“Aristotle discovered all the half-truths that which were necessary for the creation of science” – Alfred North Whitehead.
Aristotle is best known for developing basic rules of logic into a methodology that is similar to modern “critical analysis” and close to what we would now know as “The Scientific Method”. The importance of the methodology was that it provided testing for hypotheses to provide legitimate “proofs”, that could not be refuted, unless further evidence was tendered.
Aristotle was born in Chalcidice in northern Greece and lived between 384 and 322 BC. At the age of 17 years old Aristotle moved to Athens to study under Plato, and remained at the Academy for nearly 20 years, until Plato’s death. In 335 BC, Aristotle founded his own school; where he worked for 12 years before being accused of impiety by the Athenians. He fled in exile to Chalcis in 323, where he died the following year. He married twice, and had a son, Nicomachus, by his second wife.
Aristotle’s philosophical interests varied widely, and he composed major works on logic, ethics, metaphysics, epistemology, physics, biology, meteorology, dynamics, mathematics, psychology, rhetoric, dialectic, aesthetics, and politics. All of his texts present topics which are studied through careful weighing of arguments and considerations, acute insight, a sense of what is philosophically plausible, and a desire to separate and classify distinct issues and phenomena. Most of his texts read more like notebooks for discussion rather than completed rhetoric or stylistic affectations. Logic, philosophy of science, ethics, and metaphysics are the four areas which are most central to his philosophy.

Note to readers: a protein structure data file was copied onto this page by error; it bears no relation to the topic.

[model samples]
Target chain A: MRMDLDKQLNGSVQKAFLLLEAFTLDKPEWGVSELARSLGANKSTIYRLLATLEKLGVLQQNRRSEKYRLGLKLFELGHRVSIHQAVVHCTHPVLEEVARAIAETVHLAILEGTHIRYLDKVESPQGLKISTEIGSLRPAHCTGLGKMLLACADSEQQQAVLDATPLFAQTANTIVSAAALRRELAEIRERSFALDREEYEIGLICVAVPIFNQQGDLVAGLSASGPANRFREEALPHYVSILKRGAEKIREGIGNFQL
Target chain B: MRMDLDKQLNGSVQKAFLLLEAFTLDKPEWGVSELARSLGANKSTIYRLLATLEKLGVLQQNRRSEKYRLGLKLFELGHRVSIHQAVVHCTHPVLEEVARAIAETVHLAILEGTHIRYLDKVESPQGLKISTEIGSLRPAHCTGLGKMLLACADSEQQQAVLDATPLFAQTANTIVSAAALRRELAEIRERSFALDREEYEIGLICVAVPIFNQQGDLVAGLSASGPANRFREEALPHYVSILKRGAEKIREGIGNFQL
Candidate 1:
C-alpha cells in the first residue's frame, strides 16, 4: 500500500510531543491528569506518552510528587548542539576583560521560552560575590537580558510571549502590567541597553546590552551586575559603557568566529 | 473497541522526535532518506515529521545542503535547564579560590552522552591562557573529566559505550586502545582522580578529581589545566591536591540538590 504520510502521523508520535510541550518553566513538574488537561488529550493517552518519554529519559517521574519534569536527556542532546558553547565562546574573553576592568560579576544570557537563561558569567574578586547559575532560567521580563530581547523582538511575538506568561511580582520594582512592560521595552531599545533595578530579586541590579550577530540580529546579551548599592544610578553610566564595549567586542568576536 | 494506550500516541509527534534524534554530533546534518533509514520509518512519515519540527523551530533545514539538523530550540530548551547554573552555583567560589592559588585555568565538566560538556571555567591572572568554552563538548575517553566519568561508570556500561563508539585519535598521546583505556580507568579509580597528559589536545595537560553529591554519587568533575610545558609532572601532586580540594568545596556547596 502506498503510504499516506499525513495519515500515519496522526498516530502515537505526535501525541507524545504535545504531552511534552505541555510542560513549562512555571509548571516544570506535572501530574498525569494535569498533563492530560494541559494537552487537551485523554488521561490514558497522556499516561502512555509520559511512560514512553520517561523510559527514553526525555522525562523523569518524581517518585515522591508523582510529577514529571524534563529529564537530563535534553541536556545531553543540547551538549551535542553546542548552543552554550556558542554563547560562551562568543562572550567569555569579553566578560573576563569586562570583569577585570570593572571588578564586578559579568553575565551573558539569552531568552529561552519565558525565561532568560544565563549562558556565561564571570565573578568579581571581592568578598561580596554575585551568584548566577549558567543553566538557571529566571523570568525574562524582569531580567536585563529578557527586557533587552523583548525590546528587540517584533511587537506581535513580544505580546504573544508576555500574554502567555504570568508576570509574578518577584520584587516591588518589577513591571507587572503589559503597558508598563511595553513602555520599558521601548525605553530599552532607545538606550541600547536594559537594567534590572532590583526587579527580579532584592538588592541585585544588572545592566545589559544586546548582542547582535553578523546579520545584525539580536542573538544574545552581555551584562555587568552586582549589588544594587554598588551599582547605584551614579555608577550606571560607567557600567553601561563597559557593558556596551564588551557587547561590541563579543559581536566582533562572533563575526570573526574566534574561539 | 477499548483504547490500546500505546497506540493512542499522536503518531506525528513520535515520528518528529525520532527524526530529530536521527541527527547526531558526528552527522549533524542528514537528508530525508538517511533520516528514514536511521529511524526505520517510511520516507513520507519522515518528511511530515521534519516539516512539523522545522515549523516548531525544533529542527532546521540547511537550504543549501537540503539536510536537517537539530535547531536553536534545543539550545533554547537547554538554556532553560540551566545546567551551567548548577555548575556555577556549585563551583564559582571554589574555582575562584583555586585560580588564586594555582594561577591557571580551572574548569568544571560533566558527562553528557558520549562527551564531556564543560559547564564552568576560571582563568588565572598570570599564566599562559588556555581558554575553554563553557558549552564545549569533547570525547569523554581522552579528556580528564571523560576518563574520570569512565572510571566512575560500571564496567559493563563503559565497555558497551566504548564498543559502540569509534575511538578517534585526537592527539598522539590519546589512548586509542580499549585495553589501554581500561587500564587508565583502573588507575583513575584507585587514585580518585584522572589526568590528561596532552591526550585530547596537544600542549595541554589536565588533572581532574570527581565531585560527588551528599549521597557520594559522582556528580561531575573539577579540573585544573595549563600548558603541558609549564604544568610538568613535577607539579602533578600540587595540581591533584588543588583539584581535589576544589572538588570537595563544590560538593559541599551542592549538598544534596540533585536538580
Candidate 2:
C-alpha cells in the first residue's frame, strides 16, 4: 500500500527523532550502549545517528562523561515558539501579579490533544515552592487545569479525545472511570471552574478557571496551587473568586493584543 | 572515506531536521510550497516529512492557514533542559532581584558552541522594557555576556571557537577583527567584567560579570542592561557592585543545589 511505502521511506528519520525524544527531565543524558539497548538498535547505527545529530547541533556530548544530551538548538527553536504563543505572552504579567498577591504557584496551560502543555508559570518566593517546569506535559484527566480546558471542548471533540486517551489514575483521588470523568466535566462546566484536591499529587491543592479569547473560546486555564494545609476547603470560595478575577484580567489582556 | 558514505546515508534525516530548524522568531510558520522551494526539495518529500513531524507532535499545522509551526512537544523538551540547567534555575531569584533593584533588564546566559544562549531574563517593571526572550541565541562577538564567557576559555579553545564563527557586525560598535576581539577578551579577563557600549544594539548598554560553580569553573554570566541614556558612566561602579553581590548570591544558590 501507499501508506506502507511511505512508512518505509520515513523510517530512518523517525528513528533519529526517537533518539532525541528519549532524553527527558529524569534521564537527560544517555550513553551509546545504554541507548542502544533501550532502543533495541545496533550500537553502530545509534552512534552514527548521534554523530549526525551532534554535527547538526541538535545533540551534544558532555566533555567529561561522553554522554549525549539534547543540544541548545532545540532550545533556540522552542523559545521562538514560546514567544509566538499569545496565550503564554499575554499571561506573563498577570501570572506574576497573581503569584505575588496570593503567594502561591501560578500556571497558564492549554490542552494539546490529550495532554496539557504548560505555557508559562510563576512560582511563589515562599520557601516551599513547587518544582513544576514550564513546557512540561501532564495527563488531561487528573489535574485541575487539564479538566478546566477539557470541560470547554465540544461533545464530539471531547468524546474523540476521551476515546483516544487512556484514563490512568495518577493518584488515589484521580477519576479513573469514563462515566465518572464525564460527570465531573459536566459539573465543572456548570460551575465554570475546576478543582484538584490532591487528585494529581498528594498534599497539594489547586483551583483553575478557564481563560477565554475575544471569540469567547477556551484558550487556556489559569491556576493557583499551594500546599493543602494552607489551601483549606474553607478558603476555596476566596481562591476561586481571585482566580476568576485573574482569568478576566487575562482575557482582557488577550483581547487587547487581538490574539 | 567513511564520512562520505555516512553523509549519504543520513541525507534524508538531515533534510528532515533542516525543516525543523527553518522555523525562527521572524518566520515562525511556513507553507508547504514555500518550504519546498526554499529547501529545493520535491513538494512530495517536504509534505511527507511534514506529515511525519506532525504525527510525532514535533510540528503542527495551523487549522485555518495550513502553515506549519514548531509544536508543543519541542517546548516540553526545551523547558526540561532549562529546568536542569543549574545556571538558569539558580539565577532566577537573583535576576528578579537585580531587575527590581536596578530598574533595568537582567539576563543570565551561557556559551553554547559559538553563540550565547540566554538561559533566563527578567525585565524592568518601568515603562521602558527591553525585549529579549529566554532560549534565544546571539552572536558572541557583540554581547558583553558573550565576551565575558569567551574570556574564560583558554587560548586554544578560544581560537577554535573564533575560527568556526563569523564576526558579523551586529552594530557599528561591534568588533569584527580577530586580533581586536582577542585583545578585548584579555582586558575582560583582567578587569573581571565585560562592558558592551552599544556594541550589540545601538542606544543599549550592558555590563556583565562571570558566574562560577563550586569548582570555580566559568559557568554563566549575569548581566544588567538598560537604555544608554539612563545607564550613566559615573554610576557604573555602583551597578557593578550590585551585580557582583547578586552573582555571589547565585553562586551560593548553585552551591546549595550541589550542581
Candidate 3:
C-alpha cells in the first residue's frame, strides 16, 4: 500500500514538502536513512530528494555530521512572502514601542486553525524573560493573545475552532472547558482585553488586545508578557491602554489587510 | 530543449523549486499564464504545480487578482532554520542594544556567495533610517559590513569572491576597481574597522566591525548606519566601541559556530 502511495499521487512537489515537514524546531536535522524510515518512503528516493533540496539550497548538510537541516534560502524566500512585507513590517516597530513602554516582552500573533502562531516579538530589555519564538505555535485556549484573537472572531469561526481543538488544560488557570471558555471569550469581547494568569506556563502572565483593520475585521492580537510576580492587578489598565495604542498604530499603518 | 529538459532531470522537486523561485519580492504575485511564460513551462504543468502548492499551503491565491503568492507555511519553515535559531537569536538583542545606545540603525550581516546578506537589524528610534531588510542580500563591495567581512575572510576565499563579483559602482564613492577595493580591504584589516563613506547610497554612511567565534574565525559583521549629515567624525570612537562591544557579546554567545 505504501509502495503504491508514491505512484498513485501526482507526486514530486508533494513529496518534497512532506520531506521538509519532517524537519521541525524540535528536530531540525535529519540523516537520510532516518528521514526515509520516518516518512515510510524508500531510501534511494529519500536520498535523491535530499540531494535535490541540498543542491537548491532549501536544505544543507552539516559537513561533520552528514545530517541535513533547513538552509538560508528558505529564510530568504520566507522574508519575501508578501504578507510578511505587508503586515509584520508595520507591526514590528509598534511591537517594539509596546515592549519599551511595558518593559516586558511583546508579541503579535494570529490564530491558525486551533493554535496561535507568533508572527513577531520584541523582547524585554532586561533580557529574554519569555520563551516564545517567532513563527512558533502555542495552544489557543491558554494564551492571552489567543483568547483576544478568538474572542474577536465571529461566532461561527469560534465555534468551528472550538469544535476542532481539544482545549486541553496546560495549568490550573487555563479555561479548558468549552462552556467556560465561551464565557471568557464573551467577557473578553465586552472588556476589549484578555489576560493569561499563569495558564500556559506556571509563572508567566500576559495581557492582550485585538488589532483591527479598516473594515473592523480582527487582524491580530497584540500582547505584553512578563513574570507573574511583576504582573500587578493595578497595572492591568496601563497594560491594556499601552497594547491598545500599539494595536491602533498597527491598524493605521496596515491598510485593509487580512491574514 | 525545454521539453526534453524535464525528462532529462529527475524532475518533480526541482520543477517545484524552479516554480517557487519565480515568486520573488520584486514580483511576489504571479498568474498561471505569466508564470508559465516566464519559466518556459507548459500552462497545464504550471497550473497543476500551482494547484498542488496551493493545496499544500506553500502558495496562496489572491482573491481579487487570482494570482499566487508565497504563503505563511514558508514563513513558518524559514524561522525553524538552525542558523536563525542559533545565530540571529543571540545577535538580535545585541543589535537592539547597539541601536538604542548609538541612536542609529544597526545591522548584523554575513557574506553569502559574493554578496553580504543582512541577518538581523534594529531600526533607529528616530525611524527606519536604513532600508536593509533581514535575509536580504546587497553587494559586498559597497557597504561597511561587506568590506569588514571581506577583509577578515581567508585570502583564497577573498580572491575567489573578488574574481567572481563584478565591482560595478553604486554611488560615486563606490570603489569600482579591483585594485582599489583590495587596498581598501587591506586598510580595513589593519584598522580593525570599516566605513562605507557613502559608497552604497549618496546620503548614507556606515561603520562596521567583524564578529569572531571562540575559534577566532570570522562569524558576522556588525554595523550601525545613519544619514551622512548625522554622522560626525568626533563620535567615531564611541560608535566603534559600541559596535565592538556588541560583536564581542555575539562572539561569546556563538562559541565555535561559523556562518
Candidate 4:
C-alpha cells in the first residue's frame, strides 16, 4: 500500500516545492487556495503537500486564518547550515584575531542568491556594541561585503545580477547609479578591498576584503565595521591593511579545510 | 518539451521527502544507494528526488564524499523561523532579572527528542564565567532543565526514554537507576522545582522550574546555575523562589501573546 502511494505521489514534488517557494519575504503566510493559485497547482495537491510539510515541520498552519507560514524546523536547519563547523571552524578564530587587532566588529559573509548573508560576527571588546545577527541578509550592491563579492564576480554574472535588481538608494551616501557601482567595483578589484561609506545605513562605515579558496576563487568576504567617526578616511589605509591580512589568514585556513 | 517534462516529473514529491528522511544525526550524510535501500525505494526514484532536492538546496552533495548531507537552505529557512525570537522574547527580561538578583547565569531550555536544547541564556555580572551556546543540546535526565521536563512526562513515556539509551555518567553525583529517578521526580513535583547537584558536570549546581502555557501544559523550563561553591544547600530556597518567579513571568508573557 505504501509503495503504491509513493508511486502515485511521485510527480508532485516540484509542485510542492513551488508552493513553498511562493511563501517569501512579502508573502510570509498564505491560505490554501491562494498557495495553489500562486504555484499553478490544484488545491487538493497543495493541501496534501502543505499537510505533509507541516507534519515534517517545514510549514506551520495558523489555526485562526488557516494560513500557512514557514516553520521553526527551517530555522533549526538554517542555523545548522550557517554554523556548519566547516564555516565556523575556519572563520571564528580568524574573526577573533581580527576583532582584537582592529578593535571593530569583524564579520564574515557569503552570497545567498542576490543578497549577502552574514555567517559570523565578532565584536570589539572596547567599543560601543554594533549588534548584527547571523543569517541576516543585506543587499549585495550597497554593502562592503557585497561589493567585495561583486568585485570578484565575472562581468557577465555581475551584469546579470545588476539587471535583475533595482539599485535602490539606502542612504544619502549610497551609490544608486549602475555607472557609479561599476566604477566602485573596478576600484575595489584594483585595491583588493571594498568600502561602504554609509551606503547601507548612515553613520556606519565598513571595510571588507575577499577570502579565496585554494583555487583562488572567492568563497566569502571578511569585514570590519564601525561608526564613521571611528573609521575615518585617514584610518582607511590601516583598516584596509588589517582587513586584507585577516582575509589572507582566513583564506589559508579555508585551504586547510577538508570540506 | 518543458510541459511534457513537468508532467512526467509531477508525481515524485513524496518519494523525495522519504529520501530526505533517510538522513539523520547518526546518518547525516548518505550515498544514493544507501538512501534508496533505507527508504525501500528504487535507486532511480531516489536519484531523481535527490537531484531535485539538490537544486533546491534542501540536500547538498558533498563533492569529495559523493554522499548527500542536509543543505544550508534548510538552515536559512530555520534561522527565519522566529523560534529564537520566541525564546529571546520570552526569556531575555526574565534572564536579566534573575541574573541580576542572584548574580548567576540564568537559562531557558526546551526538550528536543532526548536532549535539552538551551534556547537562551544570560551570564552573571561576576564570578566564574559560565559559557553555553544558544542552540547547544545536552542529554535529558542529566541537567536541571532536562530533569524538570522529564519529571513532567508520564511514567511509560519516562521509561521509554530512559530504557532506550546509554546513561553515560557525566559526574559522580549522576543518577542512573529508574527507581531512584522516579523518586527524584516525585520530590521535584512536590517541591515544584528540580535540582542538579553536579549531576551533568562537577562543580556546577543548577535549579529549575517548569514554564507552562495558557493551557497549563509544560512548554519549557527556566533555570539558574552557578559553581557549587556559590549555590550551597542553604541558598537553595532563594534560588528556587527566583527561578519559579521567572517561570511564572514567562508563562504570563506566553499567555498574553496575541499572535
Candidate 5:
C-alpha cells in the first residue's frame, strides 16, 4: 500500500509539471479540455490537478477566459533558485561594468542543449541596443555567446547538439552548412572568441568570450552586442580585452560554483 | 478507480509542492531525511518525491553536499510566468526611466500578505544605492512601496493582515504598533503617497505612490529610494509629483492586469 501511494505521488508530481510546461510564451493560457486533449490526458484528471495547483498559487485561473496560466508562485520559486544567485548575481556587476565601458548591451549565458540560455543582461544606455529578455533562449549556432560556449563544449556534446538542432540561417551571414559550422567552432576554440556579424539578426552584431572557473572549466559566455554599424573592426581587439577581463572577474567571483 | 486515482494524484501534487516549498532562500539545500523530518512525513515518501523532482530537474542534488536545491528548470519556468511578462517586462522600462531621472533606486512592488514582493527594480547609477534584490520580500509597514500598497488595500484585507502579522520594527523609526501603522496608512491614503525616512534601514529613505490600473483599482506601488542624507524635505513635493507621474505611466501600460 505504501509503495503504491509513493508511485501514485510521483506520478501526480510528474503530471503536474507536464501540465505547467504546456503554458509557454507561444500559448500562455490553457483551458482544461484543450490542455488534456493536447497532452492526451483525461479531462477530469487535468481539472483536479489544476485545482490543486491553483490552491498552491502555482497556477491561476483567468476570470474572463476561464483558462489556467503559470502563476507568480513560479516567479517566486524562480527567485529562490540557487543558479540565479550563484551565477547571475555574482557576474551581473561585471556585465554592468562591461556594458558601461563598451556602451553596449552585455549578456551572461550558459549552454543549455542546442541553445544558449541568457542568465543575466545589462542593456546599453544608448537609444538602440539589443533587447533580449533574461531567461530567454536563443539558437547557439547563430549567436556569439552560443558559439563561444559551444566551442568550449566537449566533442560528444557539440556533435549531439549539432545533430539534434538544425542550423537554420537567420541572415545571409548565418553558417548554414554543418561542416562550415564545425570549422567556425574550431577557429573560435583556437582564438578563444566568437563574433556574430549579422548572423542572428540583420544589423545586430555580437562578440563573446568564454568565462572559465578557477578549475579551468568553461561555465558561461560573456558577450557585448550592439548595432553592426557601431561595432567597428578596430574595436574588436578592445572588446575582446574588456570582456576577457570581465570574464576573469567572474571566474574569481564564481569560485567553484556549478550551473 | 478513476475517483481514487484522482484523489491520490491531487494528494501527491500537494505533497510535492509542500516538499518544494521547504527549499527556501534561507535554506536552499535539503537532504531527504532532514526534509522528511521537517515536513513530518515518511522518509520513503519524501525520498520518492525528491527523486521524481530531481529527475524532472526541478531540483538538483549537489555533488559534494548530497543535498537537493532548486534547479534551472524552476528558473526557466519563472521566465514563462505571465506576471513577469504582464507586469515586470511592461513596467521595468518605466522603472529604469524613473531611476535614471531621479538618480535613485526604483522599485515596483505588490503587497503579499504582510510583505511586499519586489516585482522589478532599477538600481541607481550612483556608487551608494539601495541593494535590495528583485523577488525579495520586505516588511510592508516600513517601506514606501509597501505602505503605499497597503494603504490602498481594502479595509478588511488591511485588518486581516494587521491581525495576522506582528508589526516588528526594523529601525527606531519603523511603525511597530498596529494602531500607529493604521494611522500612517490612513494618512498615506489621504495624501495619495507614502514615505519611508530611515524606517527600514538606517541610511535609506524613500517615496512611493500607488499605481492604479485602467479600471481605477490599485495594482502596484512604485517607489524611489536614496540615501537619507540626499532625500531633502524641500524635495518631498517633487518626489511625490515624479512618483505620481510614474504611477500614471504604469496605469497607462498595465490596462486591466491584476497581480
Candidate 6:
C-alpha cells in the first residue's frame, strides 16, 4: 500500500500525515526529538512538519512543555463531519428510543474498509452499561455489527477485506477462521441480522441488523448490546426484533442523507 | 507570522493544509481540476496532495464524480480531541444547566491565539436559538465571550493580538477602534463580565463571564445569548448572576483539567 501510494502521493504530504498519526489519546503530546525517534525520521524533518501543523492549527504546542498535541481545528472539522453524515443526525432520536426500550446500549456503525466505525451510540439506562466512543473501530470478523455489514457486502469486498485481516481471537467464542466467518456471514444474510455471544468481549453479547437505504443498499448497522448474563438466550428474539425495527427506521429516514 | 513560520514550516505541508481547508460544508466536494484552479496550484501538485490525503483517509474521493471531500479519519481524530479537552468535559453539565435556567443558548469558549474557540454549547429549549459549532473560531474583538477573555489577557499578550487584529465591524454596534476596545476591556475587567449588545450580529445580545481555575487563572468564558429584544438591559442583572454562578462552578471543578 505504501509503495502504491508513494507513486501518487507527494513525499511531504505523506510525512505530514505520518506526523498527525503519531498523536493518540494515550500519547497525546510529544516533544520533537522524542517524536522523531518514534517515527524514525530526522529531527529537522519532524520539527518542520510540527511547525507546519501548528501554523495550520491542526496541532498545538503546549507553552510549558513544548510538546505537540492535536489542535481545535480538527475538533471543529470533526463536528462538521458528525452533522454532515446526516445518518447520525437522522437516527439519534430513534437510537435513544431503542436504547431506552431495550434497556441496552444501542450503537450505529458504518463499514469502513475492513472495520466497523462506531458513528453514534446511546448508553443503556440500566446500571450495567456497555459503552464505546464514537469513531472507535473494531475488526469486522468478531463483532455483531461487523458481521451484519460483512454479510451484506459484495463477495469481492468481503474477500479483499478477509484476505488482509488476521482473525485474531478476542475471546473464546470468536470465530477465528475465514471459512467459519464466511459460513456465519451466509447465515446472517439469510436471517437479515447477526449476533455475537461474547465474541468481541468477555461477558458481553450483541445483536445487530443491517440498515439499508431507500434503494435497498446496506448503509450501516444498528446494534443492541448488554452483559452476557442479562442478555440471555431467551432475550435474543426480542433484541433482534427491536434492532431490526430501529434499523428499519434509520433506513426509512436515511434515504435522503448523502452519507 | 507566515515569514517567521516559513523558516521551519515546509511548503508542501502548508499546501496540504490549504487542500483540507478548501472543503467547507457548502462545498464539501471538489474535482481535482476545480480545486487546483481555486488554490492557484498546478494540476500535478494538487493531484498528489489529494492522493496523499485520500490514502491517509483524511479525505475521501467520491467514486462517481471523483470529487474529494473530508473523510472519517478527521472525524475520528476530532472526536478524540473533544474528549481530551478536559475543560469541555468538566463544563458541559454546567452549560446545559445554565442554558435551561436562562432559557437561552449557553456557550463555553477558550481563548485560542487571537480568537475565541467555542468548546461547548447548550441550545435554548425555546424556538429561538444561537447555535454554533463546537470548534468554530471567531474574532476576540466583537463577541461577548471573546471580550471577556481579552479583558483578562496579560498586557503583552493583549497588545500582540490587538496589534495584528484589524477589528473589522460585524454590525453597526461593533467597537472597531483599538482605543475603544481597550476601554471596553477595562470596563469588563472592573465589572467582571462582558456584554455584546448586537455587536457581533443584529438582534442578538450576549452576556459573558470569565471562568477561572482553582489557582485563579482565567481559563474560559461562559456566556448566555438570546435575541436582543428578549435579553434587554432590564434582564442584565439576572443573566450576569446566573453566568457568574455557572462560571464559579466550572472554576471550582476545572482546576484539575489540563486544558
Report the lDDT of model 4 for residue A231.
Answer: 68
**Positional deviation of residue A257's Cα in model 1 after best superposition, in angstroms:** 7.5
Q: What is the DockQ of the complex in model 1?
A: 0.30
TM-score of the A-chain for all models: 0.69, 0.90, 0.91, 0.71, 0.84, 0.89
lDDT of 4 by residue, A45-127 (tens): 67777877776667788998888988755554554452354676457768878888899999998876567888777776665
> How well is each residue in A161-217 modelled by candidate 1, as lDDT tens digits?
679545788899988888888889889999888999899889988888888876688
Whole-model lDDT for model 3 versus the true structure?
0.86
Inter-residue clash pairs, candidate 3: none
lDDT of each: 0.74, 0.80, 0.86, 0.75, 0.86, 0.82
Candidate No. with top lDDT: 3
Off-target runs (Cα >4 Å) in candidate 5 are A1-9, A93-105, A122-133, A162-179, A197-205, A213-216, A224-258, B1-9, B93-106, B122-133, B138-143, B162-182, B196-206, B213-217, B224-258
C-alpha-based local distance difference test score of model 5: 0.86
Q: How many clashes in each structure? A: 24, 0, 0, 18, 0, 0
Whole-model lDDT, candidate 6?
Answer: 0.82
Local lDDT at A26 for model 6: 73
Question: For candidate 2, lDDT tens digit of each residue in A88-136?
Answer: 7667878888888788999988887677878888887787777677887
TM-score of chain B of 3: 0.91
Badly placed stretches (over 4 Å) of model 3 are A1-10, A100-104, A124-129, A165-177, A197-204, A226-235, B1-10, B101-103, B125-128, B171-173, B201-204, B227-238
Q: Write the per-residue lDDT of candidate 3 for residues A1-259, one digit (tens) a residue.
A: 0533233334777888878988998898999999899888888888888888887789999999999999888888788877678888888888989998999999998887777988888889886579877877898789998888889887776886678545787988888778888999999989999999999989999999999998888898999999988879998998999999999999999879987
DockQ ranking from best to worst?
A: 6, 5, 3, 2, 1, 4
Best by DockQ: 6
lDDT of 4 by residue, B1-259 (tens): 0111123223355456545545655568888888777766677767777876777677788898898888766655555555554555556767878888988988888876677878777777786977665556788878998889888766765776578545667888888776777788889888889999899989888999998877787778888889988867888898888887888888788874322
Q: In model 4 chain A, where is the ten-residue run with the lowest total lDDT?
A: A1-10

Logic and Metaphysics
Aristotle was the first to develop the study of deductive inference. He defined syllogism as a ‘discourse in which certain things have been stated, something else follows of necessity from their being so.’ Syllogisms are thus arguments which are deductively valid. Aristotle was highly interested in how a logical system and explanation led to a true conclusion. For example, if the conclusion states that trees of a given type are deciduous, then the premise will state that this is so because their sap solidifies. If no further explanation can be given as to why their leaves fall, then this premise will be considered as the basic nature of their shedding leaves.
Aristotle also outlined an account of the nature of valid inference, namely what each thing’s essence is, how things should be defined, and of the ideal of a complete science in which a set of truths is represented as a sequence of consequences drawn from a few basic postulates or common principles. These ideas, which underlie his Analytics, determined not only the course of logic and philosophy of science, but also, to some extent, science for two millennia. As with every pioneering system, his treatment of syllogistic required supplementation.